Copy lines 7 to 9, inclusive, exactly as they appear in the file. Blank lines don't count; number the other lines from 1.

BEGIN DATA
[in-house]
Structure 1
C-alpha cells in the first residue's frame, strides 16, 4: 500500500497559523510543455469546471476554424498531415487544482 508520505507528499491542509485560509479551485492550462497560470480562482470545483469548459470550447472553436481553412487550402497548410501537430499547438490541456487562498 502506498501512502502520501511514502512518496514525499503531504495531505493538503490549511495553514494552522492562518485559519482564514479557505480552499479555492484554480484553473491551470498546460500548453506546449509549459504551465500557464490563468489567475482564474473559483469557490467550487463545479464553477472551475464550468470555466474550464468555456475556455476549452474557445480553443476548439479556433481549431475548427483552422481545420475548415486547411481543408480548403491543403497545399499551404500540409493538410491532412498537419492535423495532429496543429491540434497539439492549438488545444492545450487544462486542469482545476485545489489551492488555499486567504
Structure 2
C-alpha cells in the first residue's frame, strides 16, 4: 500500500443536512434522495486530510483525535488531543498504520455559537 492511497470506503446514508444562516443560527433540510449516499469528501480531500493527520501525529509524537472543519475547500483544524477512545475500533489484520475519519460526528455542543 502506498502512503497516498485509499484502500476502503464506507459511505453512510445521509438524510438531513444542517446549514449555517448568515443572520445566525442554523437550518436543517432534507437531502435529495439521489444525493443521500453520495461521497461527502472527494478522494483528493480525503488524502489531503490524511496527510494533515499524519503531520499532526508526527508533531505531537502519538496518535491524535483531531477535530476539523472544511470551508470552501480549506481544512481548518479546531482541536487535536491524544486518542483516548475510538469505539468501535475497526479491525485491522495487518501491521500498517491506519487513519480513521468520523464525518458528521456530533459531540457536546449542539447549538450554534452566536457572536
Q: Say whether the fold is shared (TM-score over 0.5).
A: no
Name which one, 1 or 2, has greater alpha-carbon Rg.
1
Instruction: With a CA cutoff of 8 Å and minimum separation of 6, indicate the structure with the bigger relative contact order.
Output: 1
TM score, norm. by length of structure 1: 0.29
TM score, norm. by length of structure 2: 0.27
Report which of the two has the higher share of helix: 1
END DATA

A: no
Name which one, 1 or 2, has greater alpha-carbon Rg.
1